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Will the smartphone Make the netbook extinct?

01 Oct 2010

In a workplace that is becoming ever more mobile and a society that craves to be connected 24/7, there is the need for business devices to match these requirements. People working in small to medium size businesses looking to invest in devices that meet these needs face the ongoing debate about what to spend their money on: functional netbooks or ultra-portable smartphones?

Netbooks appear to have hit a sweet spot for both the consumer and the business user. Their low price, almost full-size QWERTY keyboards and built-in applications mean that many people can leave their heavier notebook behind. Their batteries can last longer than bigger and more powerful notebooks, they are easier to carry around and they can run the same operating system already in use on most desktop computers.

Smartphones are also hugely appealing. Smaller in size, they can easily fit in your pocket and carry out the basic functions of a normal PC, using necessary applications. But in many ways, smartphones haven’t fully reached their potential – and many users will never get past the small screens, slower processing speed and small keyboards.

Recently the introduction of slates and tablets to the mix has added another dimension to the range of devices available. These devices help bridge the gap between smartphone and netbook.

It’s important to explore all the options before making decisions about what devices to invest in:

Boot-up time: The average smartphone boots up in about 10-15 seconds, whereas netbooks can sometimes take up to several minutes.

Battery Life: The average netbook battery can now last up to 10 hours, meaning it can definitely meet your needs for a day of meetings outside of the office. Typically a smartphone is on and ready to roll all the time, and its battery can last for days at a time in standby mode.

Price: These devices are fairly comparable, with netbooks now being bracketed in the same price range as smartphones.

Keyboard/screen comfort: The winner is clear here: netbooks are considerably more comfortable to use than smartphones. The biggest appeal for netbooks is their small size and weight – often a perfect compromise between a PDA and a standard-size notebook.

Document editing: If you’re doing any more than texting, small emails or reviewing spreadsheets, you’ll want a netbook to work on. You will find many of today’s smartphones can already view Microsoft Office documents; with some models you can edit right out of the box, while others require third-party software for this purpose. Either way, it’s only good in moderation.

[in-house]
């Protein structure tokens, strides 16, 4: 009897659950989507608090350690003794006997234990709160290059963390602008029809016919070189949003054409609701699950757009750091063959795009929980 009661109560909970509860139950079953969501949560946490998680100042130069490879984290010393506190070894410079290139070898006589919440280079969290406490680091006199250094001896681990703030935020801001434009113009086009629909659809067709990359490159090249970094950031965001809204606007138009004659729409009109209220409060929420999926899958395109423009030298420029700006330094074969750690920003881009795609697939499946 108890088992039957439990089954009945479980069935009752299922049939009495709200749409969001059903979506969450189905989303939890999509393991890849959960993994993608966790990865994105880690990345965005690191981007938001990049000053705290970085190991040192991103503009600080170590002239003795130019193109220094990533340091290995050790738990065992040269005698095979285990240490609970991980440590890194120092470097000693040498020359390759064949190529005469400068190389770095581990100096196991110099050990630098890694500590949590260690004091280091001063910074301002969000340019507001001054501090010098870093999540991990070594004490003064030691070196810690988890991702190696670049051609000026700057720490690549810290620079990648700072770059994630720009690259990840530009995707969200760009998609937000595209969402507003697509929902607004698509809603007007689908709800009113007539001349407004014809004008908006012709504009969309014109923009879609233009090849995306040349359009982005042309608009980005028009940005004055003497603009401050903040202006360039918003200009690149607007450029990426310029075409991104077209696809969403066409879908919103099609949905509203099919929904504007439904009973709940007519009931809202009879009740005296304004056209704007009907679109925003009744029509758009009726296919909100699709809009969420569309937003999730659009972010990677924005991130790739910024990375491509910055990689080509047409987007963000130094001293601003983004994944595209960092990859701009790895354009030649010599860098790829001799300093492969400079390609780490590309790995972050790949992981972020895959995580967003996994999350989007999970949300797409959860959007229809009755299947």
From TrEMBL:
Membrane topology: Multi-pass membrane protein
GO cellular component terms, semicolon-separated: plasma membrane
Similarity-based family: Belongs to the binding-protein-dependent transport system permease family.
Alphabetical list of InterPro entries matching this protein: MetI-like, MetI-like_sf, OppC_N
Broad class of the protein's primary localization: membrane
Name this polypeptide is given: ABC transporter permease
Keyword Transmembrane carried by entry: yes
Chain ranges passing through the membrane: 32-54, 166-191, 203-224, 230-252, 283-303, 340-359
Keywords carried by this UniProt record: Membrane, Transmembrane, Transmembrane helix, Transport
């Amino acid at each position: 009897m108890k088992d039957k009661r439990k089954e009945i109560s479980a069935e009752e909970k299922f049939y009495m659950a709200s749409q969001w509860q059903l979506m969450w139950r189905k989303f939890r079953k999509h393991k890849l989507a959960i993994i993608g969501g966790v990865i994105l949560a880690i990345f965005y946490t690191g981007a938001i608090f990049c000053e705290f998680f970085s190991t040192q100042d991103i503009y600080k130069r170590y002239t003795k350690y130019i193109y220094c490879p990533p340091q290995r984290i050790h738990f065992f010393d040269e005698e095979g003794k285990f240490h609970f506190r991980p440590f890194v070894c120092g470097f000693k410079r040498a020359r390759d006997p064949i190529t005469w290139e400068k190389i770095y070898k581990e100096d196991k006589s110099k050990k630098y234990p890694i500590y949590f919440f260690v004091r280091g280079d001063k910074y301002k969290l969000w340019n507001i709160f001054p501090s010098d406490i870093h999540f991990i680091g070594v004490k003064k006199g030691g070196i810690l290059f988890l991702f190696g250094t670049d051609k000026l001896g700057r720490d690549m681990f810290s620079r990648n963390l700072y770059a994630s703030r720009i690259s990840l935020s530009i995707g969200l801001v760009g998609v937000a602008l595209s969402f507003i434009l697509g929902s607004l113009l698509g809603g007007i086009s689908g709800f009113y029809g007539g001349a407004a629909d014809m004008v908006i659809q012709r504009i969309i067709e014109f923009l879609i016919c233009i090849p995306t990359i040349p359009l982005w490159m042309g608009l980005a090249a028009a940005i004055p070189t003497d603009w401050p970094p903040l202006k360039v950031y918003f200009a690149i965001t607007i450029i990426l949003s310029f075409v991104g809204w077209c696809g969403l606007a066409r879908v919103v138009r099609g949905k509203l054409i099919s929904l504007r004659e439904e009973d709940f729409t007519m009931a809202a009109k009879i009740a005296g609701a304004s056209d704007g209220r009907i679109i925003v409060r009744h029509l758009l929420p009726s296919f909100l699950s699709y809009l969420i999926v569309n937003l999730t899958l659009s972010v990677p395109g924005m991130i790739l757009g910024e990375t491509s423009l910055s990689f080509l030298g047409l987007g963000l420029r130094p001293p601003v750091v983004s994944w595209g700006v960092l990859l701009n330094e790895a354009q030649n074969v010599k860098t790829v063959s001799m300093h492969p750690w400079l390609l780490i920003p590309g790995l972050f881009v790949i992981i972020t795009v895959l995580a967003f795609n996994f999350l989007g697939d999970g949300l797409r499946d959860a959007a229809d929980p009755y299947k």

Email: A smartphone with a QWERTY keyboard is sufficient for sending and receiving short emails, but if you need the option of reading large attachments or to send more heavy weight documents, the netbook may suit your needs better.

Instant messaging: A couple of quick chats are probably fine on a smartphone. Anything longer and you’ll wish you had a netbook keyboard.

Connecting to the Web: Netbooks run full-blown web browsers, so they’re perfect for this purpose, and realistically even the larger 3.5-inch screens of some smartphones can feel tiny after 30 minutes of pinch zooming, flicking, and scrolling.

Multitasking: Although many smartphones are excellent at multitasking, they still don’t have the processing power of netbooks. Smartphones are not designed for running multiple applications while swapping between wi-fi and a data network for long periods of time. This is when the netbook works well as a ‘companion device’, allowing you to share information with clients during meetings and to work through things together, which can be more awkward on the smaller screen of a smartphone. Customers will use a more traditional notebook or desktop, and use the netbook when they require extra mobility and portability. The ability to synchronise data and files between the two devices makes this usage model more feasible. Many users do, however, find that a netbook provides sufficient power and functionality to address all their needs in a mobile platform.

At the end of the day it will come down to the individual needs as to which product is going to suit best.

Simon Molloy is Market Development Manager for Business Notebooks at HP New Zealand.

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